01 January 2012

And so to the US 2012 Presidential Election: initial predictions

Yes it's that time again, as thoughts turn to the 2012 elections in the US. I covered the Republican primaries in quite a lot of detail in 2008, which turned out to be not quite as exciting as Mike Huckabee's win in Iowa portended; in the end, John McCain came out as a clear winner.

This time round there has already been an excellent analysis of most of the candidates by Van Patten a few months back. What's happened since then has been described by the FT's Gideon Rachman as a "circular firing squad" on the right of the party; a minibus-load of right wing candidates including Gingrich, Perry, Bachman, Cain, Paul and Santorum have been jostling for position in rotation, with a frontrunner emerging periodically only to be mown down by a combination of negative campaigning by the other candidates and their own obvious inadequacies. A month ago it looked like Gingrich was out in front on the right. Now it looks like Rick Santorum is surging. And Ron Paul has been steadily gaining support in Iowa with an uncompromising libertarian message seriously at odds with anything else on offer in the GOP.

However, given that the majority of primaries are winner-takes-all first past the post, it seems to me that the fragmentation of the right will be its undoing. They simply can't agree to unite behind a single candidate to defeat Mitt Romney on the left (this is a very relative "left" - Romney would be extreme right in most other countries). And so, despite the fact that Romney is few people's idea of a great candidate, and mistrusted by huge swathes of Republican voters, I would at this point put money on him to win the nomination, although if one of the first few primaries throws up a clear right-wing winner who then goes on to organise and win a few more of the early-to-mid primaries then an upset is wholly possible.

Paradoxically, in many ways a strong performance by Ron Paul in Iowa would probably damage the right as he is unlikely to gain traction with the wider GOP voter base and could probably not win any more primaries after that, leaving the field open for Romney to dominate. On the other hand, if Santorum wins in Iowa then the outlook for the right is a bit better although he has very little organisation or money at present - however, there are some very loaded people out there on the right who can bankroll an 'astroturf' operation at short notice, so nothing is ruled out at present. My prediction for Iowa, for now, is for a narrow Ron Paul win which goes on to mean sweet FA in the ensuing weeks as Romney builds an unassailable delegate lead despite never looking totally convincing.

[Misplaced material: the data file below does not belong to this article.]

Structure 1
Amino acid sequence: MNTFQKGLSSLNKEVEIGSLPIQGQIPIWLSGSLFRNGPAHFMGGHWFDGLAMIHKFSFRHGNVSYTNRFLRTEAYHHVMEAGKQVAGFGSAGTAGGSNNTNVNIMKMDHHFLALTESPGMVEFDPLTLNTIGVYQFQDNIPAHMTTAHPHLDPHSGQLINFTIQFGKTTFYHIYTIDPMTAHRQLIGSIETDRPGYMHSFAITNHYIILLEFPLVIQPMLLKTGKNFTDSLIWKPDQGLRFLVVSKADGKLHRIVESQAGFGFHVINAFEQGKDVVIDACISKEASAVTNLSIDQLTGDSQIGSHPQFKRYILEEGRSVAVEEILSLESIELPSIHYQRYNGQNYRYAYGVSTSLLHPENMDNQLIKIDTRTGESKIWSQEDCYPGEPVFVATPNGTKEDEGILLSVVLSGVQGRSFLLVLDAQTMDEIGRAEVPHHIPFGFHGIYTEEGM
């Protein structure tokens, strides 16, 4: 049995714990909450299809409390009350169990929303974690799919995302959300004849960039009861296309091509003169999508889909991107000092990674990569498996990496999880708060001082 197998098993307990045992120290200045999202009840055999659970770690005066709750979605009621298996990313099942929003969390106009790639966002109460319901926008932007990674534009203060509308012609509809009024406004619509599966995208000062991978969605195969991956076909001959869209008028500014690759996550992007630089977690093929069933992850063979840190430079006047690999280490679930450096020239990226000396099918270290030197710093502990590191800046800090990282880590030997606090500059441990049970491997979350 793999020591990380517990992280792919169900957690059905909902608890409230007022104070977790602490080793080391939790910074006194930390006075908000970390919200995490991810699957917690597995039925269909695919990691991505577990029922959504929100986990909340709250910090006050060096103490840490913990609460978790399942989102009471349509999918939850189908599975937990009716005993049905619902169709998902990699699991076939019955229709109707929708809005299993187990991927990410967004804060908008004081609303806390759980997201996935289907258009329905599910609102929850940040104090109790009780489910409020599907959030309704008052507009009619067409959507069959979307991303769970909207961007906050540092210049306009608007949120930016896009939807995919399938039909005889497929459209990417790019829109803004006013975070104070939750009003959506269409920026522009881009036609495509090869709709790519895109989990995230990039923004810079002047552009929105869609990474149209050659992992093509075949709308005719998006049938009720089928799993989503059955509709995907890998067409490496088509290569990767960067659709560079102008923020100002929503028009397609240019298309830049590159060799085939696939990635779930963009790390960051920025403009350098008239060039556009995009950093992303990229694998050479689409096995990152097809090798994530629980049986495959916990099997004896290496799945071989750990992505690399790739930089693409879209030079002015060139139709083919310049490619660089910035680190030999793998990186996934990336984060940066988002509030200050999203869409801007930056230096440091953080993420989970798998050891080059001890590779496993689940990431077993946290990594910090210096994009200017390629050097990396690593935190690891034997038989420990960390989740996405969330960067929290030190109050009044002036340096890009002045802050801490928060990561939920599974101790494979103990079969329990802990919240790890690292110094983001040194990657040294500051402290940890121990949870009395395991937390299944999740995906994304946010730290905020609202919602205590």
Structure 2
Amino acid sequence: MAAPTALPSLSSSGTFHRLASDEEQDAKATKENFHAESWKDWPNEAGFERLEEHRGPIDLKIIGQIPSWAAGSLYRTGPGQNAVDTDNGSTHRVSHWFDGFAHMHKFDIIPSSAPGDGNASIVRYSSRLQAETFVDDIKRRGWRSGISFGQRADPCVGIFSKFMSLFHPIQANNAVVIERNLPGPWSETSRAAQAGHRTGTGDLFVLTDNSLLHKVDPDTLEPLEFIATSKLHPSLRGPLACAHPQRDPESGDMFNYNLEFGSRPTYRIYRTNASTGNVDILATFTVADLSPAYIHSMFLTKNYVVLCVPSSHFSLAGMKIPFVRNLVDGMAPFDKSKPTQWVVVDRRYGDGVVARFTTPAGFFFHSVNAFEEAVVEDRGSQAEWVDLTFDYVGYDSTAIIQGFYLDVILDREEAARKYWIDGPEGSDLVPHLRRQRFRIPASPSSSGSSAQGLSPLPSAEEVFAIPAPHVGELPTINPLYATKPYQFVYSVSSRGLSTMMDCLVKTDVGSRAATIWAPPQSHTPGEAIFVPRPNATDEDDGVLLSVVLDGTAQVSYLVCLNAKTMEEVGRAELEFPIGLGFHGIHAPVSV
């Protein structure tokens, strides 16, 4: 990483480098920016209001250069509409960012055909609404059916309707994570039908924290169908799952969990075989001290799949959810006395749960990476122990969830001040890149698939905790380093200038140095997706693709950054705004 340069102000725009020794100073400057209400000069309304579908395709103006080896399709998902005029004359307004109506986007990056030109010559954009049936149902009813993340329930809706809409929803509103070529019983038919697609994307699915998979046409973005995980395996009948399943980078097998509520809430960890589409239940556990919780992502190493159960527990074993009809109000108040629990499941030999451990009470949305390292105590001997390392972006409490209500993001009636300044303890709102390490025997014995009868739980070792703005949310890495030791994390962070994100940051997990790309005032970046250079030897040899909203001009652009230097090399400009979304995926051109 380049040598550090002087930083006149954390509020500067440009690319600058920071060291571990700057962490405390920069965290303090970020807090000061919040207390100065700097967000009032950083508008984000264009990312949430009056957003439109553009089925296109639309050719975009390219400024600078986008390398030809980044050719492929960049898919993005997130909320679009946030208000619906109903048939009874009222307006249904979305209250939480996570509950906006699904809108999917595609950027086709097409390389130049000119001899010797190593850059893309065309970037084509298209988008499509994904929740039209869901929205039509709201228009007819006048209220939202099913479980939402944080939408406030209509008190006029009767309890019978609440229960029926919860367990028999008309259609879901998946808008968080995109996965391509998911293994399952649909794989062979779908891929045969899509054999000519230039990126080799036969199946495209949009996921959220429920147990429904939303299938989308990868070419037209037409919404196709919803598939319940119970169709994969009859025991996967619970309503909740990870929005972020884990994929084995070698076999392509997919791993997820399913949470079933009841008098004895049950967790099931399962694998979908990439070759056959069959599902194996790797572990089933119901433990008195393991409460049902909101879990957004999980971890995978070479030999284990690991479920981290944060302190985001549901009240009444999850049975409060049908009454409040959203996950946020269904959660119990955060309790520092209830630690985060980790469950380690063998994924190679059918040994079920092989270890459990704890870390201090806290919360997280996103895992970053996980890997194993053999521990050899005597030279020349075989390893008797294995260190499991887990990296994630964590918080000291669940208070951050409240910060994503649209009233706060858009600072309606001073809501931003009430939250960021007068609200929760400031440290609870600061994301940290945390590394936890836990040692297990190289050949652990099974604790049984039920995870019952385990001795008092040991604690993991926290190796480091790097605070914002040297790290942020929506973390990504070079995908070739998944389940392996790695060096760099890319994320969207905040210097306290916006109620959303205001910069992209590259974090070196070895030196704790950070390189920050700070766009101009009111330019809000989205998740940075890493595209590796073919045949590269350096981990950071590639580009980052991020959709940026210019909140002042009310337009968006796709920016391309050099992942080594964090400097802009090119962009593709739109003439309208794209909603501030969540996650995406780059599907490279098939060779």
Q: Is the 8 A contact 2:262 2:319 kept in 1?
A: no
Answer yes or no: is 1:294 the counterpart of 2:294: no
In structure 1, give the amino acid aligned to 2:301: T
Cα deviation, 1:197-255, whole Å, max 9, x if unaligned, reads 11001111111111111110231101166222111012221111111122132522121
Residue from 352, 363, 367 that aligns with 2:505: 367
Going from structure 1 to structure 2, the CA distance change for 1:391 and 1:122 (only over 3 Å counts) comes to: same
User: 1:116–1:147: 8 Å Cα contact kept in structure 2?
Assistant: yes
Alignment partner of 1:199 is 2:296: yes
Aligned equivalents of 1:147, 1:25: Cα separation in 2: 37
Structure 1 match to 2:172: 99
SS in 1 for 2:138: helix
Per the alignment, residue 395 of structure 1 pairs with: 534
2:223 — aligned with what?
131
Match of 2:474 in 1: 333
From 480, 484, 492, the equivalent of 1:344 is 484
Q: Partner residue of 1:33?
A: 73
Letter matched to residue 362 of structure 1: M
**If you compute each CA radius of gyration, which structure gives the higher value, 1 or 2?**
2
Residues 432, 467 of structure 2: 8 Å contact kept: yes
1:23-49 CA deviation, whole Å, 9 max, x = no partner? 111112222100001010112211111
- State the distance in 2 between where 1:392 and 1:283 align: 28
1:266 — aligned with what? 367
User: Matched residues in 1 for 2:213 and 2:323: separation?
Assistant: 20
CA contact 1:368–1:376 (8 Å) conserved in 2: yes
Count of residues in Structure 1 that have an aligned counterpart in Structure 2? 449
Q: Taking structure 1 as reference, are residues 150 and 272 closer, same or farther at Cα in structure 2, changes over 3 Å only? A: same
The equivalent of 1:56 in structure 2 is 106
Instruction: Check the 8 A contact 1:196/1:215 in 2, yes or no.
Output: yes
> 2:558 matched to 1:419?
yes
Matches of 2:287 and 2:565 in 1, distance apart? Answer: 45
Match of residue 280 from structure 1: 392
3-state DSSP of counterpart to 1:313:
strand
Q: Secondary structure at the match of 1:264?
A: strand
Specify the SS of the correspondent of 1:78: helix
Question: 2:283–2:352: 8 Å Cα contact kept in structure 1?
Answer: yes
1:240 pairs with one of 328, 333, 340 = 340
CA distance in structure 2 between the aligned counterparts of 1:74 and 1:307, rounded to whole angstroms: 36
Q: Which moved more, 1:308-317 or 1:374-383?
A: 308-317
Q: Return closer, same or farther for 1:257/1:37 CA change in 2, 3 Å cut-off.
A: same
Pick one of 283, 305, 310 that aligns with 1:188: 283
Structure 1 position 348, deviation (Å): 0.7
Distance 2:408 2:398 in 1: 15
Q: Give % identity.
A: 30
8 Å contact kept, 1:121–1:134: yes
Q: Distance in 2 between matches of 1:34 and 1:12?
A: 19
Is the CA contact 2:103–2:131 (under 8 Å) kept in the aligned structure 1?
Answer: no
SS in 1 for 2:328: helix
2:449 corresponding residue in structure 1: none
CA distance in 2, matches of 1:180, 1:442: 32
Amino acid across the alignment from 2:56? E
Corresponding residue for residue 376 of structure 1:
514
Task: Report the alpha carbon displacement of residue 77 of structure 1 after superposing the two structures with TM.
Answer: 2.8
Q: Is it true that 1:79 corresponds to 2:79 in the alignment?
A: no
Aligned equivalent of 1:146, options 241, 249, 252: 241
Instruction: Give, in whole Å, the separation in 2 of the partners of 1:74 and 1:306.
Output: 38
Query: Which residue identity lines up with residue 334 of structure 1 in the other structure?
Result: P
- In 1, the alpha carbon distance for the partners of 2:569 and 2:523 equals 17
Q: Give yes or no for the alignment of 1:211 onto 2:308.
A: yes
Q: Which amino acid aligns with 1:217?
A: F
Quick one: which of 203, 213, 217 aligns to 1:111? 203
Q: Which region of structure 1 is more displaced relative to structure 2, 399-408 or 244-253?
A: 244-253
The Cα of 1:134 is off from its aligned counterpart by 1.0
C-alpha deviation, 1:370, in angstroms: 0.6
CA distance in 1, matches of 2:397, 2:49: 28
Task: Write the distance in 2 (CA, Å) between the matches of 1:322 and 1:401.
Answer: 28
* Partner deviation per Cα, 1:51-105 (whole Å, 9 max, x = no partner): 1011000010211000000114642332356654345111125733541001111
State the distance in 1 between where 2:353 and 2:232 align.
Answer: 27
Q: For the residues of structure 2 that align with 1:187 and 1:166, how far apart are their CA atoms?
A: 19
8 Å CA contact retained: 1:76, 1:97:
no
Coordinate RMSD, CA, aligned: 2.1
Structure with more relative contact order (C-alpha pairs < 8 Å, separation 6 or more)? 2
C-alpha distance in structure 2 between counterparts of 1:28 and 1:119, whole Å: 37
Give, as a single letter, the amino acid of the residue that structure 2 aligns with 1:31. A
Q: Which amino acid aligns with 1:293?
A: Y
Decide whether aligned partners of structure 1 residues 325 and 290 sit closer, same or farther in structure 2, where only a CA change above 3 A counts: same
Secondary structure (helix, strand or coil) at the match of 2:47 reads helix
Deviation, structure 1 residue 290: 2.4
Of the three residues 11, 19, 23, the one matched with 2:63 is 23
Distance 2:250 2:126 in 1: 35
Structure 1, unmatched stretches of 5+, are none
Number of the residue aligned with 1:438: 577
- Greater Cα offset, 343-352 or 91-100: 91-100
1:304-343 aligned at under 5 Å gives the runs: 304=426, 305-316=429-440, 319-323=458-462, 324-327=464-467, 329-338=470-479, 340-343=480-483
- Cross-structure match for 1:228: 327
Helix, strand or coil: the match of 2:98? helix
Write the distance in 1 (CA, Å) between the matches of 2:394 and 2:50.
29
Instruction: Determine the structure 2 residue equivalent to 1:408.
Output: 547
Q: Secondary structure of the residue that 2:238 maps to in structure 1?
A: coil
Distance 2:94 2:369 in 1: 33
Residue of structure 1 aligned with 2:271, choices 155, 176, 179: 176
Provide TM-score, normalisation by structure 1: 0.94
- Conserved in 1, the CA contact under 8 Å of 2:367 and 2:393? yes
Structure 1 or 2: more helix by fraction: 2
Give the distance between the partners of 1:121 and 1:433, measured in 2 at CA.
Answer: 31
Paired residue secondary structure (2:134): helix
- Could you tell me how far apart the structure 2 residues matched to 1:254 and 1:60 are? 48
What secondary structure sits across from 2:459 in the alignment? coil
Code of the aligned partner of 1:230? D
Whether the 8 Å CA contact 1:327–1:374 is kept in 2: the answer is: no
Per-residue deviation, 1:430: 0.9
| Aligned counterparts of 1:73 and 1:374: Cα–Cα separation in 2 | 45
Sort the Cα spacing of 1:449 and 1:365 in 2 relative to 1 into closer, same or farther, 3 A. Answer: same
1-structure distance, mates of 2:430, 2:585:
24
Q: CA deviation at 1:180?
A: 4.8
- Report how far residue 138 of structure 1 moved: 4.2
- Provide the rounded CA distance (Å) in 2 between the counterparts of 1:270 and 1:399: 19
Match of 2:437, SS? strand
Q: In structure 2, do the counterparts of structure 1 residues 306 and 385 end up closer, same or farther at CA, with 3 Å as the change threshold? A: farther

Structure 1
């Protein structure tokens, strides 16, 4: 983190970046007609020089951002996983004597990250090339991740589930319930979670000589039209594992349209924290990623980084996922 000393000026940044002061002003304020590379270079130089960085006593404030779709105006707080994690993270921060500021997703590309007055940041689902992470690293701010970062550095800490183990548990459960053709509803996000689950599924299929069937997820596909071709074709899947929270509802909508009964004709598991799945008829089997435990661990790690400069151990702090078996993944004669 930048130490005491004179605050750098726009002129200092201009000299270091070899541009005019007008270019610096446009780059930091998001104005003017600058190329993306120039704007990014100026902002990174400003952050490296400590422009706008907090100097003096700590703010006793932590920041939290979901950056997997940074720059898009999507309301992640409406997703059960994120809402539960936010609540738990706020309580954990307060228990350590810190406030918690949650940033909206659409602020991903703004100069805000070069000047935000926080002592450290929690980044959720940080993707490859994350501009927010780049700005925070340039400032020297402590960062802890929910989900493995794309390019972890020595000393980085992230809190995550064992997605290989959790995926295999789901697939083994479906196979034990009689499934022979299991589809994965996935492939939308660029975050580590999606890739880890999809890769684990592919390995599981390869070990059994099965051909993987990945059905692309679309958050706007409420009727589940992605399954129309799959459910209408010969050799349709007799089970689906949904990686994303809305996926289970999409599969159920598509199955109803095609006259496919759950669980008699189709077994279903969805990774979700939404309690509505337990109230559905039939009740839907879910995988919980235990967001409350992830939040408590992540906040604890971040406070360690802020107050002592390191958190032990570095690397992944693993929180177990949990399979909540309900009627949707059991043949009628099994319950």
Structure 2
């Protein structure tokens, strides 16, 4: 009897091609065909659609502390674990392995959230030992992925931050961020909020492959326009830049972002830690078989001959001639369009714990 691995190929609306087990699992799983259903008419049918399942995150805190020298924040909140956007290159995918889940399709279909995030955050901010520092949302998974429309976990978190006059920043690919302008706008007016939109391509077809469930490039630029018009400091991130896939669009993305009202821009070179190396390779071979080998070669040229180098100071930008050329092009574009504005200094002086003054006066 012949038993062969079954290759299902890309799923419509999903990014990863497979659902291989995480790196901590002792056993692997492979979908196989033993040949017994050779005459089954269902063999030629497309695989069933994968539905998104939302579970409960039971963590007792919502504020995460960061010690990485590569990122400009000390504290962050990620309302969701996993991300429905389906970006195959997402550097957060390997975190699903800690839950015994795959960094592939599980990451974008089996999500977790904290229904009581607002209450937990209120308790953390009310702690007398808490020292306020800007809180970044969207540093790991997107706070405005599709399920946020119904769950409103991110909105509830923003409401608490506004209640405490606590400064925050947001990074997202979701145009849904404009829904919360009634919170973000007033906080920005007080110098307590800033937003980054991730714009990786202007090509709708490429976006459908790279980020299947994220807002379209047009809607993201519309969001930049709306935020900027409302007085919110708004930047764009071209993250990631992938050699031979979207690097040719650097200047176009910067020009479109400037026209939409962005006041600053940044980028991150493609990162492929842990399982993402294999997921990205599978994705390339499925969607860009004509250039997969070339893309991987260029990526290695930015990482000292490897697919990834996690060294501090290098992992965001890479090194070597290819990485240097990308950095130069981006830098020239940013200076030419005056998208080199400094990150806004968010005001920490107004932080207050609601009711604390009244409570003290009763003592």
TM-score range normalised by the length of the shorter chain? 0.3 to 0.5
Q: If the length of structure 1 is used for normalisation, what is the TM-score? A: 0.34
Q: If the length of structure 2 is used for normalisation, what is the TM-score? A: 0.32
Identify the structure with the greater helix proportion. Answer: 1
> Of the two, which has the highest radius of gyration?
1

Assuming Romney does get the nomination, I would say that the November election is too close to call at present. In the end I would back Romney to win - narrowly - more due to voter fraud and deregistration shenanigans by Republican state legislatures in key swing states than for any other reason. We are entering the early stages of Banana Republic America, and the consequences for the USA - and therefore the world - may be pretty dire. If anyone except Romney gets the GOP nomination then I think Obama will win on a similar vote share to last time. Another scenario where Obama could win it would be if a well-funded Tea Party wingnut ran a 3rd party campaign - a long shot, but not impossible, given the level of mistrust of Romney as RINO (Republican In Name Only). Lastly, a Tea Party 3rd party candidate plus a far-left 4th party candidate (please stand up Bernie Sanders!) begins to make for something interesting due to the ludicrous First Past the Post winner-takes-all state-by-state electoral college system. You could conceivably end up with Ron Paul as President under that scenario... at least life wouldn't be dull. But I don't think the Left will run its own candidate this time round following the Ralph Nader/Al Gore debacle of 2000.

Lastly, the Senate and House battles are arguably more important than the Presidential race this time round. On the Senate, given that the Democrats are defending gains from 2006 which was a very strong year for them, and the current voting strength is 53-47 in favour of the Dems, they will do well to hold it at 50-50. As for the House, I don't know enough to make an estimate of that yet: I will have to bite the bullet and buy a New York Times subscription to get full access to fivethirtyeight, a free access site last time round but now part of the NYT stable.

Anyway, fun times ahead for political junkies - "Let's Rock".

1 comment:

Hal Berstram said...

Well, that prediction went the way of most... looks like Romney edged it by 14 votes out of around 30,000 cast for each candidate, an incredibly small margin of error. What happens now depends largely on what happens as the right-wing also-rans drop out. Do their supporters back Santorum on an "Anyone But Romney" ticket, or do they coalesce around Romney as the only electable option? We'll see.